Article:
It is still true, however, that by using RAISE_APPLICATION_ERROR, you can choose to use a code that Oracle does not - surely there must be at least ONE integer between -20999 and -20000 that is not used by Oracle somewhere!


  3. Hello Steven, All,

    Niels' remark made me start thinking about an issue that is already wider than the one of Oracle using "our" exception range in some of its own packages (well, ultimately ... they are kind of "user-like" packages, that Oracle just developed "for us" as a gift !).

    Using centralized packages in applications for defining exceptions is universally considered as a best practice, because it offers first of all the encapsulation (hiding) of the hard-coded values used for the exception, theoretically "sparing" from a developer that uses those packages the need to know what are the exact values used behind each exception and offering the possibility to use standard exception names only.

    However, if we "push this issue" too far, that is, if it happens that we have conflicting exception values in different packages, than the following interesting scenario might happen:

    my_exception1 EXCEPTION;
    PRAGMA EXCEPTION_INIT (my_exception1,-20704);
    END my_pkg1;

    Package created.

    my_exception2 EXCEPTION;
    PRAGMA EXCEPTION_INIT (my_exception2,-20704);
    END my_pkg2;

    Package created.

    -- just testing the above
    balance_in NUMBER := &BAL;
    WHEN balance_in < 1000 THEN
    RAISE my_pkg1.my_exception1;
    WHEN balance_in < 2000 THEN
    RAISE my_pkg2.my_exception2;
    DBMS_OUTPUT.put_line('OK !');
    WHEN my_pkg1.my_exception1 THEN
    'This is my_pkg1.my_exception1 !');
    WHEN my_pkg2.my_exception2 THEN
    'This is my_pkg2.my_exception2 !');
    Enter value for bal: 500
    old 2: balance_in NUMBER := &BAL;
    new 2: balance_in NUMBER := 500;
    WHEN my_pkg2.my_exception2 THEN
    ERROR at line 15:
    ORA-06550: line 15, column 6:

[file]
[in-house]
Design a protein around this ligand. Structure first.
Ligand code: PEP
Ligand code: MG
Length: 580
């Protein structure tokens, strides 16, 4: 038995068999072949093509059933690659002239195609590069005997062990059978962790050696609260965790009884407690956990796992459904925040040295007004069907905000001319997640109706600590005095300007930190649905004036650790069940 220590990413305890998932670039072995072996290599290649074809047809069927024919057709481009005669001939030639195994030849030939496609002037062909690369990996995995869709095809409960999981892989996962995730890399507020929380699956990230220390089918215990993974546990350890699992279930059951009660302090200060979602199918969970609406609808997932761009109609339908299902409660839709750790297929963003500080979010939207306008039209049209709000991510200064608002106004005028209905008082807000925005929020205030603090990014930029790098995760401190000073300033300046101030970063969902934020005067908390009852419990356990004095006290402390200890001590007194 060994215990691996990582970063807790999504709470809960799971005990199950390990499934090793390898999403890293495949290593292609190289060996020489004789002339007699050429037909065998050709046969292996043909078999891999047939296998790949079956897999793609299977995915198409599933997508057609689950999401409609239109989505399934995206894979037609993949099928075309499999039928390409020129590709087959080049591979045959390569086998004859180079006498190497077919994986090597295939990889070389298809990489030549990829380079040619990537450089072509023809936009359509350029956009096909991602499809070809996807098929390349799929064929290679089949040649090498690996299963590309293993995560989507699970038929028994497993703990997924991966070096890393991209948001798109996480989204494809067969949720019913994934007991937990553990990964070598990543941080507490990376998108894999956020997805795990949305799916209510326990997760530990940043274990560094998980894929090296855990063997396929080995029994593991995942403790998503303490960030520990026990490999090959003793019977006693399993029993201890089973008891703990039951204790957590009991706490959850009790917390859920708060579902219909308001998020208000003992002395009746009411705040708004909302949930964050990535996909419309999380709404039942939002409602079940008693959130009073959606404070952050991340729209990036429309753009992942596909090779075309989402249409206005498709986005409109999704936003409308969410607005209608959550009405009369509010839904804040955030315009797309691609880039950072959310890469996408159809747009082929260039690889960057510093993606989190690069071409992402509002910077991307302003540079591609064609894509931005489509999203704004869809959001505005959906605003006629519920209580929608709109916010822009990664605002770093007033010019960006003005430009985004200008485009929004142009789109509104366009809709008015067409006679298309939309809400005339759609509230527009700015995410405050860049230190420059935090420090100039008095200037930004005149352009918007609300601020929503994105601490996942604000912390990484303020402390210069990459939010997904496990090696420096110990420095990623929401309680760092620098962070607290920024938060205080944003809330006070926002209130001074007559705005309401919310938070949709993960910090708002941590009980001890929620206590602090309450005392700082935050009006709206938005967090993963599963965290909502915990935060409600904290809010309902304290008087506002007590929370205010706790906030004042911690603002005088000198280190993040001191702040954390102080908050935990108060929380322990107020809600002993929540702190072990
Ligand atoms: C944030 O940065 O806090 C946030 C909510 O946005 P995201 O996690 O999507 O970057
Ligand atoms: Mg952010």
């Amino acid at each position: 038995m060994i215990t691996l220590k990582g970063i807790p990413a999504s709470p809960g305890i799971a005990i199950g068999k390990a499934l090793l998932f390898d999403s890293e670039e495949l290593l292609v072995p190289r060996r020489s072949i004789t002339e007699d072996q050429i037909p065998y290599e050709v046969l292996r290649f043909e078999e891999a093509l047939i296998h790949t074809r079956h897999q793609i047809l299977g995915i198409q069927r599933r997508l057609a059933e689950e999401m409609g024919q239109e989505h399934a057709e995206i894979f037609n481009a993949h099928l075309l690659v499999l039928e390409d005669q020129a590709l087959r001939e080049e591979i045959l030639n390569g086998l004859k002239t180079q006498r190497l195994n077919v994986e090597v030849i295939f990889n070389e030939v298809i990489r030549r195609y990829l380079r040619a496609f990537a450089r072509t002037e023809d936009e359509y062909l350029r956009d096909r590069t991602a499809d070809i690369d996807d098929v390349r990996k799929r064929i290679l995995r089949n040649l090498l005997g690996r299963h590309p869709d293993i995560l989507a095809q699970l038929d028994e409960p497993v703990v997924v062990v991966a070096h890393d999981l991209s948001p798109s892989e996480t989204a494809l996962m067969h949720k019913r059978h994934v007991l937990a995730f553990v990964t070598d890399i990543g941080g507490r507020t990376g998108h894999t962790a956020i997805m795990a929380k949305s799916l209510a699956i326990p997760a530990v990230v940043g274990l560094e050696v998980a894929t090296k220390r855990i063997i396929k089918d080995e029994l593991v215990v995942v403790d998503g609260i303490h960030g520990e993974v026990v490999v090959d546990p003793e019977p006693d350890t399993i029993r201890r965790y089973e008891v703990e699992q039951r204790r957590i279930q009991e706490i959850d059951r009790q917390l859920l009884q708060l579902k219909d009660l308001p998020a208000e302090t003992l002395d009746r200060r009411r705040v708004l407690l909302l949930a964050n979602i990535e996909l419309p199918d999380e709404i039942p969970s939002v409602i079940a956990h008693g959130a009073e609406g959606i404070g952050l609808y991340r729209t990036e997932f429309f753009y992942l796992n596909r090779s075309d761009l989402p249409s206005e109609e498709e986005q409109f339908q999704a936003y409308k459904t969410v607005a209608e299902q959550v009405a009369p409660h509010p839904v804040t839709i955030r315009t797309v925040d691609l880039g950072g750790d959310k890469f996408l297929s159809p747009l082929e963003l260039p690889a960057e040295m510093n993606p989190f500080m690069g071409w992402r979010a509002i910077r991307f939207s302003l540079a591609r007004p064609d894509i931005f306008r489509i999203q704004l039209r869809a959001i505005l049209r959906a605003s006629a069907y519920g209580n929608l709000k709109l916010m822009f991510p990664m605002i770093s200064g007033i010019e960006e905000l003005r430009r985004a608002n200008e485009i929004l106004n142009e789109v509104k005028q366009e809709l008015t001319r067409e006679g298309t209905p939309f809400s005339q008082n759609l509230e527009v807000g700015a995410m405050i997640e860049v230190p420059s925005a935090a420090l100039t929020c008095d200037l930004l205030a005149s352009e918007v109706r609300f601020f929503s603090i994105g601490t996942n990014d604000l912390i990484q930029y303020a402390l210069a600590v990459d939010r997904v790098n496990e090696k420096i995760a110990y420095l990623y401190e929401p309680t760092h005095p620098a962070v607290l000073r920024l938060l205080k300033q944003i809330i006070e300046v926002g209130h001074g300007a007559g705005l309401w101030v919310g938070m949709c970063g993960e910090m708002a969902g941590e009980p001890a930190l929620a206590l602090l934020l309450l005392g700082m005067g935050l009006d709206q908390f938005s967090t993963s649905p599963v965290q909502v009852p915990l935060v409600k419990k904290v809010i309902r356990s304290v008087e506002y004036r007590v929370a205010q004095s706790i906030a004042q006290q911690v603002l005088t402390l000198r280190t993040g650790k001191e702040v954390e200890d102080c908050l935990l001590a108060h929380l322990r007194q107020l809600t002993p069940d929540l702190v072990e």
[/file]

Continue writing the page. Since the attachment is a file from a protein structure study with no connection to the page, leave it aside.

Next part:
PLS-00484: redundant exceptions 'MY_EXCEPTION1' and 'MY_EXCEPTION2' must appear
    in same exception handler
    ORA-06550: line 0, column 0:
    PL/SQL: Compilation unit analysis terminated

    If for custom applications we usually demand that some "centralized control" be exercised at the entire application level (which in the above case would mean of course avoiding to use the same error code values in the two packages), it is somehow easier to fail upon a similar situation in which a value used
    for one of our custom exceptions is the same with a value used in an Oracle supplied package
    and it happens that we check both those exceptions in the same exception handler section, like above.

    By the way, the above "reaction" of the PL/SQL compiler to this issue may also be considered
    a matter of implementation, because, usually, in statements whose syntax includes several WHEN clauses (or branches), it is customary to choose the first one for which the condition is TRUE.
    I'm not sure whether in this case such an implementation, that would have NOT produced an error, would have been better or worse than the actual one.

    So, does this means that "encapsulation does have some limits", at least on a theoretical level ?

    A good question, Steven, we will be grateful to hear what do you think of this issue ?

    Thanks a lot and a joyous, healthy, prosperous and full of achievements 2012 to everybody !

    Iudith Mentzel

  4. Interesting "find", Iudith. Note that this is a compile error. In other words, if you try to compile a procedure like this:

    WHEN my_pkg1.my_exception1
    DBMS_OUTPUT.put_line (
    'This is my_pkg1.my_exception1 !');
    WHEN my_pkg2.my_exception2
    DBMS_OUTPUT.put_line (
    'This is my_pkg2.my_exception2 !');

    It fails with the PLS-484 error. That error message is interesting: "must appear in same exception handler."

    I believe that what Oracle is saying here is that if you really want to trap for both those named exceptions, you'll have to do it as an OR:

    WHEN my_pkg1.my_exception1 OR my_pkg2.my_exception2

    but that seems like odd advice to give.

  5. Hello Steven,

    Yes, that is true that AFTER the compiler "explains you" what the problem is,
    then you can correct it by using a single exception handler, with an OR operator.

    But that would mean that the SAME exception handling code will be performed for BOTH
    exceptions, which in fact may be very different ones, meant for completely different
    purposes, with the only problem that they happened to use the same error code number,
    in most cases without "knowing" of each other.
    And that is already a problem !